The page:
Thursday, January 27, 2011

Student that has the right attitude Hair is Hair

Friday, January 14, 2011

Why Sharing Knowledge with Clients Creates a Win/Win


Dear Nadine,

I just wanted to take a moment to thank you for everything during our appointment. I am 32 years old, with medium length wavy/curly hair. I have struggled my entire life searching for the right techniques and products to use on my hair. I have gone to so many hair stylists, it’s ridiculous! Every time I have gone, I have struggled with: 1) the inability to cut my hair evenly and 2) a recommendation of a product that is sold in their salon. I have spent so much money on salon products that would supposedly make my hair less frizzy, protect my hair from the heating products, and make my scalp smell good. Before coming to you, I was straightening my hair with a flat iron at the beginning of the week. After about 2 days, my scalp would stink, so I would wash my hair and then wear it up, curly, for the next week. Then I would repeat the process.

When I came in to see you, I was prepared to have a nice hair cut and relaxing day. I was not prepared for all the valuable information, as you probably saw. I was ready to read my magazine and let you do the work to make my hair look fabulous for a couple days. I have been trained to feel this way, because that’s all I have ever experienced.

You surprised me. You explained that I can learn to do what you do and keep my hair looking salon fabulous. I just needed to learn the right “techniques” for my type of hair. I learned that because I was using a cheap shampoo and washing too often, it was creating a build-up in my hair. In addition, I then bought hair “products” like anti-frizz, hair spray, mousse, and serum. All of those contributed to the build-up. You said I didn’t need all those products. I could achieve the look I wanted without all that stuff. I’ve always bought the “cheap” stuff because that is all I could afford. I’ve always wanted to buy the more expensive products, but could never afford them. Well, if I add up the cost of all the after-shampoo products along with the shampoo and conditioner, I was spending a LOT of money!

I went home and finished the products I had on hand so as not to waste and then took myself into a salon and bought a good clarifier. Now, after using the clarifier for 2 weeks, I straighten my hair once a week and my scalp doesn’t smell at all. I wash my hair after 5 days and only then, not because my hair looks, feels or smells dirty, but because I want to wear it curly.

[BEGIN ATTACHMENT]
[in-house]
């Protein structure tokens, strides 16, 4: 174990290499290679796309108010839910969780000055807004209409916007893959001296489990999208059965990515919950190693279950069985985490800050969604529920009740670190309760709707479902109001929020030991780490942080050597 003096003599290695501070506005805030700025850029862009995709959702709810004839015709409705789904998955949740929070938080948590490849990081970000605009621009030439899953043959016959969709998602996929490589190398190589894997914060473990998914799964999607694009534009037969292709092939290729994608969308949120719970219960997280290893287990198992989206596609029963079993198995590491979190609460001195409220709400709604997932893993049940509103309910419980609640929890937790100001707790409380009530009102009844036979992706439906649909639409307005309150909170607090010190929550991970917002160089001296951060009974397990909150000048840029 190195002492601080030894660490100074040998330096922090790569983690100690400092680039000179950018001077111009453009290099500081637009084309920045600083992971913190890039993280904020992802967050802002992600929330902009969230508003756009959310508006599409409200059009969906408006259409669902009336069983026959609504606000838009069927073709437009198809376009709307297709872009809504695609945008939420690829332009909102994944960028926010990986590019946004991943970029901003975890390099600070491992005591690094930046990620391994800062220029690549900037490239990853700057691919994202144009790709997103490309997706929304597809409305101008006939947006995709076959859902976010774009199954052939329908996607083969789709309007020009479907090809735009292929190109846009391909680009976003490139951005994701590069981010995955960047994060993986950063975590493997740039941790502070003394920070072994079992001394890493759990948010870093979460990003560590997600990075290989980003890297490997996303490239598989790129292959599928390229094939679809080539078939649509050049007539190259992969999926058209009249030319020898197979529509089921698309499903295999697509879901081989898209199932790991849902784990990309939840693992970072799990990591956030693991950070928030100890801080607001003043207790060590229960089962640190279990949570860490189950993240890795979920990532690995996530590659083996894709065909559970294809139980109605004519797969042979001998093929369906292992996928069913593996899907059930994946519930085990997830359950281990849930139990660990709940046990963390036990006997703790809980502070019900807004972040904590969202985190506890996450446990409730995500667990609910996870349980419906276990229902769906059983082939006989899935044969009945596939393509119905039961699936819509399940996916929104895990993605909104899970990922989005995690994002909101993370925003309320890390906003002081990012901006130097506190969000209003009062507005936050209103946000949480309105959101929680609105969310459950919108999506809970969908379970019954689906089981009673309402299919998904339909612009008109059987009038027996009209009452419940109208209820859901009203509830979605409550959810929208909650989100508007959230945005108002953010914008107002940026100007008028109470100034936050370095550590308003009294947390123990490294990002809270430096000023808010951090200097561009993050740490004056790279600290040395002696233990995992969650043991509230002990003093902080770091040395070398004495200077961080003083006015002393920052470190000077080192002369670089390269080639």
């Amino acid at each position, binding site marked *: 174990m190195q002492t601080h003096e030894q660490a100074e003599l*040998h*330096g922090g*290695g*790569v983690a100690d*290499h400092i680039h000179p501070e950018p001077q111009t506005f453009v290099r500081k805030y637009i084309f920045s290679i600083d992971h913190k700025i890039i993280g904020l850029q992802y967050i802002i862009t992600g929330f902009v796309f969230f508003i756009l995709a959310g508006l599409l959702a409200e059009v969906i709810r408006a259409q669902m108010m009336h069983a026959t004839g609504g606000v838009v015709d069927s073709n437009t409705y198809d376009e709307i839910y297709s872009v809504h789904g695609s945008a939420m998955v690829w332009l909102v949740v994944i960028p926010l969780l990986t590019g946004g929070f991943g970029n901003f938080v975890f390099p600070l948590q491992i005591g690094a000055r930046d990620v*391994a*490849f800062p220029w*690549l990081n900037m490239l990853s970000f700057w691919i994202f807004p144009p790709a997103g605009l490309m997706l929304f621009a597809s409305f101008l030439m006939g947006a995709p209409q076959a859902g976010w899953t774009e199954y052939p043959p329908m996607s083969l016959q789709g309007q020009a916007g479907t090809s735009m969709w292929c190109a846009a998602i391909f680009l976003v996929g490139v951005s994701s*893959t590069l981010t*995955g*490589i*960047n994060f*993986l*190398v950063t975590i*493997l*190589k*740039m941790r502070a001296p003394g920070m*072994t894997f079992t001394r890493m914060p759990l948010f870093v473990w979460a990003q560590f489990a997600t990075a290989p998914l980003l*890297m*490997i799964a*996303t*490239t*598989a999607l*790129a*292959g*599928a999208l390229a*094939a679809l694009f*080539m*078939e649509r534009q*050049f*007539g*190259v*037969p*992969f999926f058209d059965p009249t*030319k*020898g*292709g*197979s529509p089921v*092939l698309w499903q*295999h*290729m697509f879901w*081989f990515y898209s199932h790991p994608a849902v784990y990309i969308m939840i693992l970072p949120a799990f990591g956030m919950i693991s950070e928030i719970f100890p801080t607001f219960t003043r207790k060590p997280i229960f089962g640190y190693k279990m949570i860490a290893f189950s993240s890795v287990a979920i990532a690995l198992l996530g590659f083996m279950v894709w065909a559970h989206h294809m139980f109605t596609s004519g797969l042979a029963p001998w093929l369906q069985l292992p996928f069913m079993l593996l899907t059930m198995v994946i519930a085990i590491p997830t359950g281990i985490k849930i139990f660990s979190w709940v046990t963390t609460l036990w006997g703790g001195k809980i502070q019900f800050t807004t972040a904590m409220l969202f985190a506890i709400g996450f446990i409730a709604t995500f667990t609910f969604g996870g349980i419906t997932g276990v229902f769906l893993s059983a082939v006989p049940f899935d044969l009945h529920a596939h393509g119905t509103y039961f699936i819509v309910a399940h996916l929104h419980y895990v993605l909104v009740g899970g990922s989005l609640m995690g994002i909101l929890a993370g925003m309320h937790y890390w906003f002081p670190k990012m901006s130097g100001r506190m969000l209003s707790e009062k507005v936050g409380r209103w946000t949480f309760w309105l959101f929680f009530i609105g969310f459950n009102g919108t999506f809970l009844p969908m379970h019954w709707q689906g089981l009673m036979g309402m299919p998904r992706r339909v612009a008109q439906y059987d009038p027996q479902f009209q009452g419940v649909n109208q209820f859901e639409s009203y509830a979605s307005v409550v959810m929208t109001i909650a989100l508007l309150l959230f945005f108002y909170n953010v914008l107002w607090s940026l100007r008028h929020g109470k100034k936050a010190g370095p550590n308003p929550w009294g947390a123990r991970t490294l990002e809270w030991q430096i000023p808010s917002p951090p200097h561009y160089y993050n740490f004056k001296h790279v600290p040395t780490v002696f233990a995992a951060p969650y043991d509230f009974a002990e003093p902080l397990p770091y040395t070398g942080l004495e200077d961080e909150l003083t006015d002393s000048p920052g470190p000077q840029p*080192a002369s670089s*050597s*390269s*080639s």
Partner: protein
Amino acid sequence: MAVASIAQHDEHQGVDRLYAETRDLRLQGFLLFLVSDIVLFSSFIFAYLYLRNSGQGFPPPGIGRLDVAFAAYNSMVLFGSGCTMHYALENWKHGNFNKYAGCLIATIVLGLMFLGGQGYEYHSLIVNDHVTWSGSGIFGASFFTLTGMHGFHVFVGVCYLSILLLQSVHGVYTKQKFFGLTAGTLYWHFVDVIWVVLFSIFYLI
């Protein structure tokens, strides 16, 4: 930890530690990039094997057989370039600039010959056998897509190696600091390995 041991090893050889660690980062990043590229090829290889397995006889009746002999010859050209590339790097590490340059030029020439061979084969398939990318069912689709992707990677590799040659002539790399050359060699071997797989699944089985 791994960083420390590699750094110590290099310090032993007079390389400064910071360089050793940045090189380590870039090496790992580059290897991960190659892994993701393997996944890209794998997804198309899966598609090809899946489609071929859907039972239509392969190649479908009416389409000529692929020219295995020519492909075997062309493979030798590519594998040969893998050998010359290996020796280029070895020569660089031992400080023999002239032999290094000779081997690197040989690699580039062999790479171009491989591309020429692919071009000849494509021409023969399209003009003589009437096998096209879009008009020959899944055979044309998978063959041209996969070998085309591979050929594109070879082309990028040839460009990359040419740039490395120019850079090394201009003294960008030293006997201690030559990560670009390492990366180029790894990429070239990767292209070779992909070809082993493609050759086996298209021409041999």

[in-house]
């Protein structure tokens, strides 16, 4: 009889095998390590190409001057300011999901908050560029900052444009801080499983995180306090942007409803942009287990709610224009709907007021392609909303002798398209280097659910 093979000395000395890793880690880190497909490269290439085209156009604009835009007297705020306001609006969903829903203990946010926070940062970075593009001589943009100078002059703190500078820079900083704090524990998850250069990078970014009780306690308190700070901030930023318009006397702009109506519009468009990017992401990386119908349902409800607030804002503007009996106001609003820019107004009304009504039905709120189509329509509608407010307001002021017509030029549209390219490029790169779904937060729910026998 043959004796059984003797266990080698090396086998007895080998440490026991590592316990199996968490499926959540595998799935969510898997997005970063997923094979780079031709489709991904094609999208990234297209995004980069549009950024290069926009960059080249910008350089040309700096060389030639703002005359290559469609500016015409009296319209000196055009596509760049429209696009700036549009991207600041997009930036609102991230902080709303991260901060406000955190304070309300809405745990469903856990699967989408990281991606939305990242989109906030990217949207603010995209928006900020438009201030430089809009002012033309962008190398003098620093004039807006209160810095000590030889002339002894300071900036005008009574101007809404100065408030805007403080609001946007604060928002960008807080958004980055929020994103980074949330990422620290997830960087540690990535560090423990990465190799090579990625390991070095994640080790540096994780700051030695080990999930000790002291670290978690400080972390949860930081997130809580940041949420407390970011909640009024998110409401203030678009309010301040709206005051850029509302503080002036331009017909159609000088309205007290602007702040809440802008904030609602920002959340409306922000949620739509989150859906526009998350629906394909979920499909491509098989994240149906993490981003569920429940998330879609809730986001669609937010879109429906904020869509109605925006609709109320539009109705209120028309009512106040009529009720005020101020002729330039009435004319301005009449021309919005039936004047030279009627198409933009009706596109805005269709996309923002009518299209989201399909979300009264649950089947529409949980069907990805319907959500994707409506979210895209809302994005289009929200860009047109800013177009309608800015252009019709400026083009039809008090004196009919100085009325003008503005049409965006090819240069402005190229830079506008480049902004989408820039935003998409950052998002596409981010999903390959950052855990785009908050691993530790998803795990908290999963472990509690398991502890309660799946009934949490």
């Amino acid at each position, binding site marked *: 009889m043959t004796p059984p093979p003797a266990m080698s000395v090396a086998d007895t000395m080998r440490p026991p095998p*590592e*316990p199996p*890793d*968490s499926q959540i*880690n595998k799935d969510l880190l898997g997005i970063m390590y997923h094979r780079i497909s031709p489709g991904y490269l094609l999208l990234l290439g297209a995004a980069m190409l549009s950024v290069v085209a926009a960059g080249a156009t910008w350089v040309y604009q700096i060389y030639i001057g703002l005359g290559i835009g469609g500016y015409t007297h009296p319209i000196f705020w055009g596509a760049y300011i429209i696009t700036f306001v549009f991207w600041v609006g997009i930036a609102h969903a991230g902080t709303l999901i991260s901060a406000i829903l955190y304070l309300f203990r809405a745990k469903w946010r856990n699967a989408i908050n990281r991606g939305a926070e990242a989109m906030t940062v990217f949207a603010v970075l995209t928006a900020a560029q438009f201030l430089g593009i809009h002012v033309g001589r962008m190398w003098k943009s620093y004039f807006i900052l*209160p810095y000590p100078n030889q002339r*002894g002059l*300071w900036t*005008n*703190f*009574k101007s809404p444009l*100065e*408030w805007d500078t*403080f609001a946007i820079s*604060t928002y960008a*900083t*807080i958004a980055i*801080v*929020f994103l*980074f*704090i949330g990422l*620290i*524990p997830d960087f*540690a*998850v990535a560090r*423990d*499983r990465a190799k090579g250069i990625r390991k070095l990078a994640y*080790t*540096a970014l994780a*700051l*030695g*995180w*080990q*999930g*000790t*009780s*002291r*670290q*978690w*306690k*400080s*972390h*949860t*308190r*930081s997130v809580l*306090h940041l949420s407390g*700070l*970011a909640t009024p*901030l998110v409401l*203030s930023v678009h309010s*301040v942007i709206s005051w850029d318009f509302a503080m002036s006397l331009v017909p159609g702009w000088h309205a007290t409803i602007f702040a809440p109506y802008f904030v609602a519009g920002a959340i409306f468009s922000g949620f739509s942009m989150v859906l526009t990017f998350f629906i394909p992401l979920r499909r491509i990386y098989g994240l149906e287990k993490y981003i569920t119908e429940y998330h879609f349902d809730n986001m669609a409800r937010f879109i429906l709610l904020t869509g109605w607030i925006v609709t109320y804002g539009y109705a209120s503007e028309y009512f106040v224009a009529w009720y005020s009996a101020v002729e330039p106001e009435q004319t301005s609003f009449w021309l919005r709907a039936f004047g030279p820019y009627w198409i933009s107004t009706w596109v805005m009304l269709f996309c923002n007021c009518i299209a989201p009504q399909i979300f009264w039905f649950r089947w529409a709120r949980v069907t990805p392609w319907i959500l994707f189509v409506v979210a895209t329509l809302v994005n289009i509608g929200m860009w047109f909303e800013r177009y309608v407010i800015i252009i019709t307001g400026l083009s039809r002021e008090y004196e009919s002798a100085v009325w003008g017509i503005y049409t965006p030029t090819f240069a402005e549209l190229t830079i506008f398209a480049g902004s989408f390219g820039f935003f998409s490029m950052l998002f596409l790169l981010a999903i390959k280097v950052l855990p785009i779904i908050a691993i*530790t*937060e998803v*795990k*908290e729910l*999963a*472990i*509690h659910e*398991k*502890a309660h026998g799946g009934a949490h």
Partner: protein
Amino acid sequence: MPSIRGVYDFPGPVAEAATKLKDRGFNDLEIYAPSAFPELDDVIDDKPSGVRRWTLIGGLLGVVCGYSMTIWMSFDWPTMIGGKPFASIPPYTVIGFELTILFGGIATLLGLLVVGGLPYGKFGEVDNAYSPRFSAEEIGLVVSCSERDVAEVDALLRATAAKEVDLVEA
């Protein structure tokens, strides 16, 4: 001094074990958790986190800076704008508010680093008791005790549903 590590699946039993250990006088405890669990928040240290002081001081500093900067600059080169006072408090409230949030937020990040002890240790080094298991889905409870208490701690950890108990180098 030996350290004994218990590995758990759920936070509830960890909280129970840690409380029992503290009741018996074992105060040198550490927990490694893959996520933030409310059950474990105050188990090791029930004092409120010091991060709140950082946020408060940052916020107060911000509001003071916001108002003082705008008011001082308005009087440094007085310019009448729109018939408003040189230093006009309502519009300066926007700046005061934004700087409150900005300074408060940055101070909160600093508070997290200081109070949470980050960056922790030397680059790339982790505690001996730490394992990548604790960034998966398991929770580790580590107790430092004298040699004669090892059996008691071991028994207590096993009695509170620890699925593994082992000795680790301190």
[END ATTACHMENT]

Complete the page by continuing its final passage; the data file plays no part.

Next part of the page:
Which brings me to your other recommendations. You stated that my hair gets frizzy because I am not drying it properly and closing the hair cuticle. You said I also needed to purchase an inexpensive hooded dryer from a beauty supply store that has negative and positive ions. When I want to wear my hair curly, I clarify it and then, straight out of the shower, I take small amounts of hair, twist the bottoms and pin them up. I then sit under the dryer for 20 minutes. I take the pins out and I have non-frizzy, curly hair! I don’t put anything in it and I am good the whole day. I went from wearing my hair up when it was curly to showing off my curls, frizz-free.

You have given me the techniques to beautify my hair and I have never been happier with my hair. I am confident (finally) about my hair and I’m spending LESS money than I was when I was purchasing all those products.

I want to give a sincere thank-you to you for teaching me what so many other stylists have failed to do the last 32 years. Keep doing what you are doing, because, believe me, there are a lot of people like me out there that need the help and feel as though they have nowhere to turn.


Time's Up: Anyone Can Have a . . .

Relaxer: If stylists REALLY knew what they were doing before they became enticed by the dollars that they could make, clients would be so much better off. Let’s face it, it’s only been about 10 years since the first so-called relaxers for non-black hair started being marketed and sold in our salons. I worded the statement like that because the makers of these relaxers didn’t truly know if these relaxers were specifically for—and would specifically benefit—black hair. And the manufacturers didn’t need that [black] consumer market for these lines of products to make some BIG money!

The first chemical relaxer or relaxer treatment (whichever word works for you) that I ever used was Sodium; the second was Calcium; then Thiol; then Keratin; and then came Formaldehyde. I said to myself (and my brain said to me, too), “Not a chance. Now why would, with all the other straighteners or relaxer treatments out there, a licensed stylist choose Formaldehyde to expose to the non-black market of consumers and say, ‘This is the best for you, the others are damaging to the hair.’” Why? To this day, after 30 years of my specializing in straighteners and relaxer treatments, the only reasons I could come up with are: